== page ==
Lastly, commitment to the process is essential. Regardless of the industry, whether it’s services, products, or real estate, there’s always a process involved. My commitment to meticulously following these processes, without looking for shortcuts, has been instrumental. This dedication ensures consistency, quality, and ultimately, success in any venture.

Leadership often entails making difficult decisions or hard choices between two apparently good paths. Can you share a story with us about a hard decision or choice you had to make as a leader? I’m curious to understand how these challenges have shaped your leadership.

As a leader, from a real estate perspective, a very difficult choice, even though there were two congruent paths, was to elevate and separate from Boot Ranch, my current community. I’d been there for eight years, and we had sold $250,000,000 in land in the last eight years. We sold another four or five hundred million in homes and structures in the past eight years. So, we’ve had nearly a billion dollars in real estate sales just in the one community. It was just myself and my business partner, Sean Gioffre. I had to make the tough decision to elevate and separate from the day-to-day at Boot Ranch and launch MRLO Partners. I couldn’t do both, so I had to make a choice, a difficult choice, because by now it was a known and successful community in Texas. It would have been another two to three-year run there, with a safety net. But I felt it was time for me to grow and be able to capture my weekends again. I haven’t had weekends in 25 years. So, elevating and separating from Boot Ranch, was a difficult choice for me because nothing’s guaranteed, That was a hard decision for me to make.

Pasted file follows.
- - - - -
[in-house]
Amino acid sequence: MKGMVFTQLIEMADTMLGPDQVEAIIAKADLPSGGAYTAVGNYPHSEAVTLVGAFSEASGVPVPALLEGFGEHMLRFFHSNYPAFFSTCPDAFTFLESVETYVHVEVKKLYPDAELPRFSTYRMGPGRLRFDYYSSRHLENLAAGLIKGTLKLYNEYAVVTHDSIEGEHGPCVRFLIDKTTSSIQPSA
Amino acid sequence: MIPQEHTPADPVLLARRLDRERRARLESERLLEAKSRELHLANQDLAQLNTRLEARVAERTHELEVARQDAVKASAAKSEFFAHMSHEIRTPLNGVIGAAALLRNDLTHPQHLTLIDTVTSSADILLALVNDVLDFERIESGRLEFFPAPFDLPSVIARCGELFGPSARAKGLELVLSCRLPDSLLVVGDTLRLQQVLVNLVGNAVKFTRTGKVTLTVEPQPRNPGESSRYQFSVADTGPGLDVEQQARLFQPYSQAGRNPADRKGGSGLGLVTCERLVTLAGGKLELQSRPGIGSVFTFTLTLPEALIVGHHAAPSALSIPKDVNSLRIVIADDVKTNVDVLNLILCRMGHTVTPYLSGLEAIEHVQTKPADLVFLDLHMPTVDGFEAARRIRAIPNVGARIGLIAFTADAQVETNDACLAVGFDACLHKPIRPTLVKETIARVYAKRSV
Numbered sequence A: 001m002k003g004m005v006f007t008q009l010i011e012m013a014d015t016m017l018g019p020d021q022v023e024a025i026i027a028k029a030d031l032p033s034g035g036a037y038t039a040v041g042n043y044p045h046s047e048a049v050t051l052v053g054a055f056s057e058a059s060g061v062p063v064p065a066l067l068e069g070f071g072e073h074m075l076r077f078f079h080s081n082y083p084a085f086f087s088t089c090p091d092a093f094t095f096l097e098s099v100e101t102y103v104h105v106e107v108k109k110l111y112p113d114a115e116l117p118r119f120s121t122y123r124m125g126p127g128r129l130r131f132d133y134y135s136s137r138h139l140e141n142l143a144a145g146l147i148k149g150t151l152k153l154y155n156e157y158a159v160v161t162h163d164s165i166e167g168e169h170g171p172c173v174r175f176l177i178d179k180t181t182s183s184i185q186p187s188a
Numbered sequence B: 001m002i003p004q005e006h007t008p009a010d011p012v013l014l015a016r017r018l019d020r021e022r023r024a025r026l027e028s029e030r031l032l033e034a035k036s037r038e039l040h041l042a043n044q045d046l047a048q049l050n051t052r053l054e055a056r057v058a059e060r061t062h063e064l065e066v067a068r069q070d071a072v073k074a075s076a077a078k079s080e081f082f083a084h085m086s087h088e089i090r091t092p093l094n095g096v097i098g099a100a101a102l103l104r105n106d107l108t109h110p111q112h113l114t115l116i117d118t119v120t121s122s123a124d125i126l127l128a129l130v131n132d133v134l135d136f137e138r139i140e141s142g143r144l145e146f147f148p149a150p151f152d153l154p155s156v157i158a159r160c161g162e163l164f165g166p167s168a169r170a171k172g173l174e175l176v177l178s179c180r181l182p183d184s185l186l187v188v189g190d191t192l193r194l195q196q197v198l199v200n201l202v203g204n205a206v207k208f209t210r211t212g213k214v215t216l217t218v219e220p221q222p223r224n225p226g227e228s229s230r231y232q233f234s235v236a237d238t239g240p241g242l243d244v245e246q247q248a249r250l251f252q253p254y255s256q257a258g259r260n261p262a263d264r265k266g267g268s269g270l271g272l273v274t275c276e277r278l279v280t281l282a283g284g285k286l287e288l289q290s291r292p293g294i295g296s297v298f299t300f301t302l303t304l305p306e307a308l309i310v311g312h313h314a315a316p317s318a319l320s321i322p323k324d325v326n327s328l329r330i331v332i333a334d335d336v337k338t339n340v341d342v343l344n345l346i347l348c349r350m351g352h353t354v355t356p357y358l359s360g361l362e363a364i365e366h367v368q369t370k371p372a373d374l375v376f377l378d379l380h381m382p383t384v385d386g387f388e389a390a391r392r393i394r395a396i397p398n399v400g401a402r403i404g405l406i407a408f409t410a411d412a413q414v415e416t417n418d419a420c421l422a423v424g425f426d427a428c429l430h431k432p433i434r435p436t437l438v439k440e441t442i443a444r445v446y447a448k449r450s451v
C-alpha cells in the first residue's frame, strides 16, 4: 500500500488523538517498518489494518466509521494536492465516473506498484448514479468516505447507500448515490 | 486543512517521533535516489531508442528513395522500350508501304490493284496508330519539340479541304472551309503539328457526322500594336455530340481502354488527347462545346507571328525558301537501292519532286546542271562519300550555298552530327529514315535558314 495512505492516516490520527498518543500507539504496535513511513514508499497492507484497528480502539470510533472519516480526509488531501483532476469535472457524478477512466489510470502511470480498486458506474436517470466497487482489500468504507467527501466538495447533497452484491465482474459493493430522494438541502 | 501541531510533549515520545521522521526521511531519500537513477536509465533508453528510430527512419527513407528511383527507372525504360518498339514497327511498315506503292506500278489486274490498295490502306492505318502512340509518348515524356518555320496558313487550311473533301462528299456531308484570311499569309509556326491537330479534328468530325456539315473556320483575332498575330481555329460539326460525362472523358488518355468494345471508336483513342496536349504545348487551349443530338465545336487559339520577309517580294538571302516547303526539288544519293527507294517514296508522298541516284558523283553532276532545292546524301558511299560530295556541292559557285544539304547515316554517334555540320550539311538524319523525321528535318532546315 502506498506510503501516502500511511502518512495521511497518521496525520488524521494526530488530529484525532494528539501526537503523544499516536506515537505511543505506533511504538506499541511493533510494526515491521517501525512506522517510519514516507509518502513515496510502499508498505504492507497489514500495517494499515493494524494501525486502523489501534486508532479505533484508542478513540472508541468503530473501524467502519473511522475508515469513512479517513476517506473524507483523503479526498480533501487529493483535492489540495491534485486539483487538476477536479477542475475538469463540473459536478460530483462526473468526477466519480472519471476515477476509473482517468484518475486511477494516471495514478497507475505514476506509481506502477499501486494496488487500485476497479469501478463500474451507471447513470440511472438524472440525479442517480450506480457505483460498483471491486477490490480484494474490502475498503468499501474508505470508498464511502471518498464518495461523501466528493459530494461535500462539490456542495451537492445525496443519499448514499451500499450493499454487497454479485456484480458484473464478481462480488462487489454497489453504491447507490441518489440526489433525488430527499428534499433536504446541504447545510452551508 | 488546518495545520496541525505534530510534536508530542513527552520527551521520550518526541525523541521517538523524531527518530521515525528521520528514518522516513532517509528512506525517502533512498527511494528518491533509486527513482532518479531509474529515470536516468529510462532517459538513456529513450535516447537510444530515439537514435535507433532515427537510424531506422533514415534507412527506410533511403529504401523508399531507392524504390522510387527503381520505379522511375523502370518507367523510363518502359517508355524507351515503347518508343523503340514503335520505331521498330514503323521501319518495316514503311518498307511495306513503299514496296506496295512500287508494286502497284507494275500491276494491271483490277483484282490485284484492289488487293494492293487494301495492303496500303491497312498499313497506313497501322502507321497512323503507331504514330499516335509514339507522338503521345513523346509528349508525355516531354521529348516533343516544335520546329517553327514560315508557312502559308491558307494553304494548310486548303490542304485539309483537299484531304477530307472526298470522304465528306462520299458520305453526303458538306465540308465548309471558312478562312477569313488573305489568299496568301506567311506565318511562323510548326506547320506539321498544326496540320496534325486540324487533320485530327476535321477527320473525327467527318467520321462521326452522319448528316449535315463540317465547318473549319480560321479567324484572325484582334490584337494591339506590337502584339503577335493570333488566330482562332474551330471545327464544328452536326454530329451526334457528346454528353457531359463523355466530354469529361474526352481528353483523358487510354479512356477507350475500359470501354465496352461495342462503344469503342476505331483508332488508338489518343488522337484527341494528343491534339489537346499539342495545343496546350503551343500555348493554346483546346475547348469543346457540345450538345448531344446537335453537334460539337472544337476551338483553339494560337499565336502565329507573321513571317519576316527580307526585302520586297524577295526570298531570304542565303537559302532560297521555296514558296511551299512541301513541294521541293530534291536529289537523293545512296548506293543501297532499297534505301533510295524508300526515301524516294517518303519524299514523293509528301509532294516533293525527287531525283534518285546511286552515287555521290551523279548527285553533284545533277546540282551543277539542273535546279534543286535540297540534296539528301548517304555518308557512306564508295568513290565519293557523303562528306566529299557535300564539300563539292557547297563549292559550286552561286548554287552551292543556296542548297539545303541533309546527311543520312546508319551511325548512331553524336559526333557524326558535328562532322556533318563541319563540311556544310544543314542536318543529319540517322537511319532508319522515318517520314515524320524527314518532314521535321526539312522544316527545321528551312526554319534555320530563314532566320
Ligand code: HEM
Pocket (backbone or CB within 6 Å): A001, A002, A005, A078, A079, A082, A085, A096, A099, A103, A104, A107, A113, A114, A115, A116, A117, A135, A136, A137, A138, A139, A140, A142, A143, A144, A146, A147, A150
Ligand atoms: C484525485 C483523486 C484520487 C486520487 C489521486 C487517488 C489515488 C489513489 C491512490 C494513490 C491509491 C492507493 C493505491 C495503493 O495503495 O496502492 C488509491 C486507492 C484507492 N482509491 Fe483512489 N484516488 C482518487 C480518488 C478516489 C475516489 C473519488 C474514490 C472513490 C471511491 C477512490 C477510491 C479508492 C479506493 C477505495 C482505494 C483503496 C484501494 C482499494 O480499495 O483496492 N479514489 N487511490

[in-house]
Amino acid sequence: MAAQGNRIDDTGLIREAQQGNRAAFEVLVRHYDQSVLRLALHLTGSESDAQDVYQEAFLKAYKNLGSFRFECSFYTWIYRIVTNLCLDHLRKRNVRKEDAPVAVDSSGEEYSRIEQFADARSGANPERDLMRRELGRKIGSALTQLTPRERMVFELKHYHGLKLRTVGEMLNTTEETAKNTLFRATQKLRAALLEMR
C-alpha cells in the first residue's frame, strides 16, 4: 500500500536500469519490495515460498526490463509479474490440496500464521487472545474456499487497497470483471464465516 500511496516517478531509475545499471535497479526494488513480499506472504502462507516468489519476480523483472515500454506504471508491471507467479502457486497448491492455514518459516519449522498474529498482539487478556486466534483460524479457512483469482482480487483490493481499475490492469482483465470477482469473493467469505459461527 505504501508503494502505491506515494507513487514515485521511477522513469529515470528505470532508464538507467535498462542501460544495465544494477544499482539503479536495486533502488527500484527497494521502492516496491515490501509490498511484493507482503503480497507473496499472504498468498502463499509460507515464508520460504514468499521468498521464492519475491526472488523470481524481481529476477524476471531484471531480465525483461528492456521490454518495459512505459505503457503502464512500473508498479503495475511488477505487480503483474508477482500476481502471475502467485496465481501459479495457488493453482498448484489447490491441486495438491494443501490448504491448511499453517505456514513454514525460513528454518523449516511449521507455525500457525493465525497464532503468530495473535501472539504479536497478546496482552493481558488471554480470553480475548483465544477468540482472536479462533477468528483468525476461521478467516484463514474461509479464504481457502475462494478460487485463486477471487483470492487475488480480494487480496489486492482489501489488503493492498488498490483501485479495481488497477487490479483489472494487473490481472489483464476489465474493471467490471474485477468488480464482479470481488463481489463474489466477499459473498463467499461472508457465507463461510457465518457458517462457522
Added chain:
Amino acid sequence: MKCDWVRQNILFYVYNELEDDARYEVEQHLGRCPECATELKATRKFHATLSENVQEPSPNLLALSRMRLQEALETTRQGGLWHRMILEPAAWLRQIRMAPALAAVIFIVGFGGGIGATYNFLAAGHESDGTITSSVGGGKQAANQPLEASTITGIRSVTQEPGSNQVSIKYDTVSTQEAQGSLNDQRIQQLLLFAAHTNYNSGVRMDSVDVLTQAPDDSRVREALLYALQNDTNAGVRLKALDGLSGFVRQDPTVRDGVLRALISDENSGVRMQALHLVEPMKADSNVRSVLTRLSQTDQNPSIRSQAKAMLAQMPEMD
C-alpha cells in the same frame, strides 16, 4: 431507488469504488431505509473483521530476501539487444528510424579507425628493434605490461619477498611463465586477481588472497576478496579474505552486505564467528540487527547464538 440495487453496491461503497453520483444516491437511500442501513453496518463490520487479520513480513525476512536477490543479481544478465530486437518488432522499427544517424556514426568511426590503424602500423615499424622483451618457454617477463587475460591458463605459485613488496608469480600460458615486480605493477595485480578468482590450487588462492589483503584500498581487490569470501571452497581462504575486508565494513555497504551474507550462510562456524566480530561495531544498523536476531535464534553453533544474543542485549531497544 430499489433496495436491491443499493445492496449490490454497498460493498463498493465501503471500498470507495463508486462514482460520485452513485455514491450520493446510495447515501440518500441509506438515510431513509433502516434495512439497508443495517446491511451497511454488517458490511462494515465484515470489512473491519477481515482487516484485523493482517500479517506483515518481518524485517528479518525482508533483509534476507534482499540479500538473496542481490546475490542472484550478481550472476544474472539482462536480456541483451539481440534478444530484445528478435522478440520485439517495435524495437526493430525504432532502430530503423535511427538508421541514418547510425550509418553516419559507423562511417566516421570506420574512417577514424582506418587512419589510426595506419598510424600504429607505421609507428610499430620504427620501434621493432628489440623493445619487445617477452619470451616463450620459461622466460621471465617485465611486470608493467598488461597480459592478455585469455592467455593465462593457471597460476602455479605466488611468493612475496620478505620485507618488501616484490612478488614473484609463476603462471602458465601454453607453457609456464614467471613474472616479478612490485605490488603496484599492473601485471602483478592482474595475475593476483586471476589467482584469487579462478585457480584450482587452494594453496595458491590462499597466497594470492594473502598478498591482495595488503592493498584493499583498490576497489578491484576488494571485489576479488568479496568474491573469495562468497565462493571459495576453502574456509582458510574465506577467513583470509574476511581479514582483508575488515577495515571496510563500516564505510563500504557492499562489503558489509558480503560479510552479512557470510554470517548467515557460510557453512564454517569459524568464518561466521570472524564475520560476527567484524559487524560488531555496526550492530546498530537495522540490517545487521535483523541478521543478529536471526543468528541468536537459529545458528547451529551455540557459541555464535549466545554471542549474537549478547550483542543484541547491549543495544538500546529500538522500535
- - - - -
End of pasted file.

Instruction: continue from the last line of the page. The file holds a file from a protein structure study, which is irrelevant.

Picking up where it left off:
What I realized was the following: I need to grow, I need to adapt and change. The big difference is when a husband and wife would come into a community on the level of Boot Ranch, they’re making a very emotional decision on behalf of their family. A crucial lesson I learned quickly while raising capital for MRLO Partners is that for family offices and ultra-high-net-worth individuals, investment decisions are driven more by logic than emotion. This realization necessitated a significant shift in my approach. I had to adapt my path, refine my presentations, and alter my educational and advisory methods to align more with a logical and analytical framework, rather than an emotionally driven one. This change was essential to effectively communicate the value and potential of investments to these discerning audiences.